Are you misinterpreting your child’s movement?
The Child Whisperer describes 4 Types of children. Type 1 and 3 express high movement. Type 2 and 4 express lower movement. But what does that actually mean? Aren’t all kids busy and active?
Carol and Anne clarify what “movement” means in The Child Whisperer. High and low-movement children are not defined by how MUCH they move, but the quality of HOW they move. Listen in to profile your child clearly.
This week’s Parenting Practice
Set the intention that your child will make their Type so obvious to you this week that you will see it clearly. (You can do this whether you’re uncertain or confident of your child’s Type.) Stop questioning and move forward, trusting that your child is helping you understand them better.
Transcript of podcast episode
Carol: And that possibility thinking when it comes to profiling children can keep you from seeing the obvious. Welcome to the Child Whisperer podcast. I’m your host Carol Tuttle, author of the bestselling parenting book “The Child Whisperer.” I’m with my co-host Anne Tuttle Brown.
Anne: This week’s question comes from a mom in Saint Petersburg, Russia. She says, “I’m a Type 1 mom. My question is, can a Type 2 toddler still express a lot of movement, or have I misprofiled her?”
Carol: I think a healthy toddler will be expressing movement regardless of their type. So I don’t think that’s the qualifier.
Anne: Toddlers are busy.
Carol: Yeah, a healthy, happy toddler should be moving around the world.
Anne: Yeah. I think she’s misinterpreting our description of movement. And so we have, in The Child Whisperer, we have the high movement types, Type 1 and Type 3. We have the low movement energies, Type 2 and Type 4. Every type can still be active, can move their bodies, can explore. The movement comes in how they move through those activities. Type 1, it’s with a bounce. Type 2, it’s with a connection. Type 3, it’s with a push forward. Type 4, it’s more steady and still.
Anne: Still, you say still. It doesn’t mean they’re sitting still.
Carol: That’s an inner quality.
Anne: Has a consistency to it.
Carol: That’s a reflective inner quality of a stillness that serves them to be able to turn within and really sort things out, figure things out, go into their process of being more mental.
Anne: I have a Type 2 toddler, he’s two years old, and he is busy. He loves to be outside. He especially loves to be on skateboards, and scooters, and on his little wiggle bike. The way he moves about those is very consistent, very fluid. He’ll push his little scooter.
Carol: He’s very steady.
Anne: He’s very steady.
Carol: He’s 2, and he’s on a little scooter. And he…
Anne: Yeah, he’s very coordinated.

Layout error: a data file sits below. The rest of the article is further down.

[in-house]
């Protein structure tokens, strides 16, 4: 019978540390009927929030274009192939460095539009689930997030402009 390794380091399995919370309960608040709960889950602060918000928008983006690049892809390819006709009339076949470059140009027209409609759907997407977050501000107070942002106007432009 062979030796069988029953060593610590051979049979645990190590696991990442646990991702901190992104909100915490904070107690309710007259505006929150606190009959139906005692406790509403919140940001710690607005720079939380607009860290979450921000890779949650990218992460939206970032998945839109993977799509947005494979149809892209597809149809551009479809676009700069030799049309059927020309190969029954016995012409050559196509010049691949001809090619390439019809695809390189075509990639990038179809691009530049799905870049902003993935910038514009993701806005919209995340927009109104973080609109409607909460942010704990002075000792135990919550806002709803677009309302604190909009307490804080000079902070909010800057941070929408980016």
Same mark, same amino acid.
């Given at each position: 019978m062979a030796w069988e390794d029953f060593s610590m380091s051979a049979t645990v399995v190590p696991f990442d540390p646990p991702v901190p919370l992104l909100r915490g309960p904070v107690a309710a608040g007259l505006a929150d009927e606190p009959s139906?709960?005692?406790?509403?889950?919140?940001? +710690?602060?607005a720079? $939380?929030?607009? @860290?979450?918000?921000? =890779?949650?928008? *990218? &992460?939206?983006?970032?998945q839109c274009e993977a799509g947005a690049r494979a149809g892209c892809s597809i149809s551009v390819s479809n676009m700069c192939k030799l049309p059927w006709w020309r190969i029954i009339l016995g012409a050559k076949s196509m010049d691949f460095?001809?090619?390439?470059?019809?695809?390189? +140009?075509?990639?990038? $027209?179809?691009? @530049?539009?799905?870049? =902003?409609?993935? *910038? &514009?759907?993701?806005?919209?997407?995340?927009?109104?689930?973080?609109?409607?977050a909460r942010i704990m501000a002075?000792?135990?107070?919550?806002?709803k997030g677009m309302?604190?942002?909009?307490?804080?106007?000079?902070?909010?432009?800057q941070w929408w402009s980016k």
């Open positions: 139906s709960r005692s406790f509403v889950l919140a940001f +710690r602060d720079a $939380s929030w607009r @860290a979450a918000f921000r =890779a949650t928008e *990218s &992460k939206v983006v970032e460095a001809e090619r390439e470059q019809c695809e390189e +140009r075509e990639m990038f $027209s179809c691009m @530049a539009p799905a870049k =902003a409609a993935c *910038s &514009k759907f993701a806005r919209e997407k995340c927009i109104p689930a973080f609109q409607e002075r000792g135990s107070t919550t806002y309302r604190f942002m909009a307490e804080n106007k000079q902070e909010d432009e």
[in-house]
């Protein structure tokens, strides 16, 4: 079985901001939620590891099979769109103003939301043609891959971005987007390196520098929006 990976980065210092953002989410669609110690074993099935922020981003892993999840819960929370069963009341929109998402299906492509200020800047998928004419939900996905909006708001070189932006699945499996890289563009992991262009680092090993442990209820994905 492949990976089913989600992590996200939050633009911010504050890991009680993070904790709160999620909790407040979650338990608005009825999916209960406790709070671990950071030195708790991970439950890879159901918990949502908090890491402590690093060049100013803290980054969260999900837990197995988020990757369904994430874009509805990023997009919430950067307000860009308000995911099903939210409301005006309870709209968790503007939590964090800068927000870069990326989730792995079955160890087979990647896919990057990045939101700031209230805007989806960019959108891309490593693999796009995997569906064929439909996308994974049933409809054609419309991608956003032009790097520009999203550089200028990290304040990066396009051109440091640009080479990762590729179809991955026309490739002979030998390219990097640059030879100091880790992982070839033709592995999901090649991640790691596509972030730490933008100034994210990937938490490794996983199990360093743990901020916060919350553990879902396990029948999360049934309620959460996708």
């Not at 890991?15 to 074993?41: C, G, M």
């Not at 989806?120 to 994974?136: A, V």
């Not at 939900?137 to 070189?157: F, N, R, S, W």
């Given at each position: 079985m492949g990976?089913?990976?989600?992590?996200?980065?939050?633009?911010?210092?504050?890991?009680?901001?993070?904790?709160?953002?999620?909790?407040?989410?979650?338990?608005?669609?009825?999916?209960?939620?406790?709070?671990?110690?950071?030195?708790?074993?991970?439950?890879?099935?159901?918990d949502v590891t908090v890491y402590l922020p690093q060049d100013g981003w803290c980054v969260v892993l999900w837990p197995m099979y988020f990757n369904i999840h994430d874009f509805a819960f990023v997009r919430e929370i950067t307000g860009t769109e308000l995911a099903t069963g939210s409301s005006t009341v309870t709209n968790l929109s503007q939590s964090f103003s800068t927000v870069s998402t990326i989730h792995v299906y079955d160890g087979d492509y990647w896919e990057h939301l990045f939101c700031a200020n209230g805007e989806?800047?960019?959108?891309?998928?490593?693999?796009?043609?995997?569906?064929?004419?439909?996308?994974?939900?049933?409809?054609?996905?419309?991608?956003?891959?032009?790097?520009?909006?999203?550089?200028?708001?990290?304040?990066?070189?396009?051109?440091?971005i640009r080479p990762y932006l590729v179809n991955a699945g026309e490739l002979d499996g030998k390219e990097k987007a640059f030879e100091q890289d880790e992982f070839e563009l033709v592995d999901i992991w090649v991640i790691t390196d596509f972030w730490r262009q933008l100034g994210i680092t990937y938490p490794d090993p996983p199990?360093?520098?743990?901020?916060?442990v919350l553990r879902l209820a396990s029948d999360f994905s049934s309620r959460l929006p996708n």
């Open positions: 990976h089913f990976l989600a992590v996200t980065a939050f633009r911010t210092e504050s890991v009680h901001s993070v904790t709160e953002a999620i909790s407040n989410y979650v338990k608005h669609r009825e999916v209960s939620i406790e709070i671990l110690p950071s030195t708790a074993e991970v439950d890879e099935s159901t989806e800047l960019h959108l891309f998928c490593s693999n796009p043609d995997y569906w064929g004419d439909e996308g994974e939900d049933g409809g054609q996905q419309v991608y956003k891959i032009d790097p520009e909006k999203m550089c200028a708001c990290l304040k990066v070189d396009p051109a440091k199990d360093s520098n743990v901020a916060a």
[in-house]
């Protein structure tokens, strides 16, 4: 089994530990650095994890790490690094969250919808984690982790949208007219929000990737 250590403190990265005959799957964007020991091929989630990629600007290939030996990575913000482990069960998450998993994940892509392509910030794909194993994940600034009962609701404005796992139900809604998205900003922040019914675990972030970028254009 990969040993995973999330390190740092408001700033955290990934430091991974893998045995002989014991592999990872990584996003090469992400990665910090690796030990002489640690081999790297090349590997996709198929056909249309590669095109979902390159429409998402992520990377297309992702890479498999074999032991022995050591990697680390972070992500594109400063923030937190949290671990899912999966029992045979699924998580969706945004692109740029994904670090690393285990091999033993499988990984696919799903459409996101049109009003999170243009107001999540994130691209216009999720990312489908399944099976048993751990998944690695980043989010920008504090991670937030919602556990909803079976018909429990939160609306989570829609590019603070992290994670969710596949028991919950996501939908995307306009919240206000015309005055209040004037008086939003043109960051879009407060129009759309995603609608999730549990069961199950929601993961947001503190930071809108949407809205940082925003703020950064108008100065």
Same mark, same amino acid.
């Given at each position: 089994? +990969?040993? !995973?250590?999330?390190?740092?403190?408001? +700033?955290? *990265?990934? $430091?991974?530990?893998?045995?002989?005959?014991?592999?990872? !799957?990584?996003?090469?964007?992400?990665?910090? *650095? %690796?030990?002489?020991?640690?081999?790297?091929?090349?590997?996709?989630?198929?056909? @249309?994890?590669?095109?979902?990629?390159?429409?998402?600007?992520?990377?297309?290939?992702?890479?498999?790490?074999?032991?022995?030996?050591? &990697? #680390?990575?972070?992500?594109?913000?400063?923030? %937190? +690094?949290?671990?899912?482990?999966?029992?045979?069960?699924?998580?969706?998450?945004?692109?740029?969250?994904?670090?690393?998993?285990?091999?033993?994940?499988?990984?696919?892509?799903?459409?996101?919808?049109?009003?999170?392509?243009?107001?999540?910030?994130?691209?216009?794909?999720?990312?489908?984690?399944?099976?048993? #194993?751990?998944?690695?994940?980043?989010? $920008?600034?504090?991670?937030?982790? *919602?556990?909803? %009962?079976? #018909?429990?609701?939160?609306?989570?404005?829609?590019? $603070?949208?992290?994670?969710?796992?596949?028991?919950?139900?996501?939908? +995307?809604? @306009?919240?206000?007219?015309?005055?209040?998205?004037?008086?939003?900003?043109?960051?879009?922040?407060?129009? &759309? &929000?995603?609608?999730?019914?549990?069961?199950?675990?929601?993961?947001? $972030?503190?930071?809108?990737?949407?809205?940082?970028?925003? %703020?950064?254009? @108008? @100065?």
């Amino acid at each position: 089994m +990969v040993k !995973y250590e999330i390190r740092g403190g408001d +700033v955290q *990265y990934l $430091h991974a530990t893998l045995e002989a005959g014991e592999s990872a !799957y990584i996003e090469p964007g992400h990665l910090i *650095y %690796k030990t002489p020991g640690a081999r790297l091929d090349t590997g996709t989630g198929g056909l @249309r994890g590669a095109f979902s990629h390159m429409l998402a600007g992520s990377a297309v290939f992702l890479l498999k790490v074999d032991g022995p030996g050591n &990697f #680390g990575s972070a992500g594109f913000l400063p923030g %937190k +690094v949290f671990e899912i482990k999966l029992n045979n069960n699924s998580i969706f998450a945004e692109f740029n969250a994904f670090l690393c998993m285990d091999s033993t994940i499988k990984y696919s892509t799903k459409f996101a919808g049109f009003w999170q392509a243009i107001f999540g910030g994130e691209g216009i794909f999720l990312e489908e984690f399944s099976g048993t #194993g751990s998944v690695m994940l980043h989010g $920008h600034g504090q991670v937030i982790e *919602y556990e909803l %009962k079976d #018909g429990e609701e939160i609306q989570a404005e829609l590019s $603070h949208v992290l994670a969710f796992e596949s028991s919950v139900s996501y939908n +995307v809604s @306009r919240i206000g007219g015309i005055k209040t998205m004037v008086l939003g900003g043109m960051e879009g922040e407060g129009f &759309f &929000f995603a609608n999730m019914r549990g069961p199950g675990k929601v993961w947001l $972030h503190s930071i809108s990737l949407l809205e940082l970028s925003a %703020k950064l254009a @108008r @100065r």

Carol: Yeah, he’s very coordinated.
Anne: He’ll stop. We recently went to a skating rink, and he wanted to be out there with all the big kids on his scooter. And he did not want it lowered. He wanted the bars high, way above his head. And he would stop, and he would look around at what the other kids were doing. And then he would look down at how his body was working and figure it out. As opposed to my Type 3 daughter, when she was his age, she was active and busy, but she was moving from one thing to the next very quickly.
Carol: She’d be a little rough in her learning style too. It’d be more crash and burn.
Anne: Yeah, and she, you know, from here to there, the in-and-out outward movement, like that fire burst. And he’s more fluid and consistent. He’ll stay with an activity for a prolonged period of time.
Carol: So the insight is, it’s not about how much they’re moving, it’s the quality of the movement unless you have a Type 3 secondary 1 child. They move more than any human being on the planet.
Anne: Energizer bunny.
Carol: They move, move, move. And so what you’re explaining is there’s a quality of the movement that we teach in The Child Whisperer that helps you recognize that children don’t sit still necessarily, especially toddlers. It’s just, what does that movement look like? What’s the nature of the expression of it?
Anne: So on the flip side, can a Type 3 and a Type 1 have less active times?
Carol: I think so. In fact that, I think, again, is a balanced child to say that there’s times that they can sit still and focus in on…whether it’s reading, doing something that’s more project focused, and puzzles, or things that they’re interest in.
Anne: Play-Doh, painting…
Carol: Yeah. This ability to be able to engage themselves because they’re very involved in it and invested and interested in it. Now they might not do it for as long of a time, and they might prefer to do it in a… Like a Type 1, they might enjoy being in their room alone, but I could see that they’d prefer to be in a more social part of the home or have somebody to do it with and be able to talk while they’re doing it or engage.
Anne: That’s how my…my daughter is a Type 3. If she’s by herself, I can hear her talking to herself or singing. And so there’s that aspect of movement. Even if she’s playing alone… And I think the same… Jaleah, our Type 1 expert, has expressed her mom always knew where she was because she was singing a tune. And so there’s that movement. Or you’re tapping your foot. Even if you’re sitting, there’s that expression of movement. But you can still have those quieter times as a Type 1 and a Type 3.
Carol: It’s important not to stereotype what you’re learning in The Child Whisperer, to have it look so narrow. It’s a little broader than that. And the other aspect that I do touch on in the book briefly is understanding the influence of their secondary energy, as your child’s secondary energy type will be a supportive expression in them that they’ll actually tap into and rely on to feel a sense of balance. And so if their secondary… Let’s just say if their dominant type is what we classify as the higher movements of 3 and 1, but their secondary is a lower movement, you’re going to see that influence in different experiences in their life. And even recognize that’s a balanced child, so that it’s not that… It always looks this way.
Your children…there are some very universal clues to understanding your child’s energy type. One of the most universal references is their facial features. I did a series. You can find these on The Child Whisperer website at thechildwhisperer.com that… I did a series of podcasts previously that are published there where I show you the photographs. I show you their features and that you can see the movement in their faces even at a young age. And so that should be your first point of reference to interpret your child’s energy type correctly and their dominant movement is, what are their features telling me about who they are?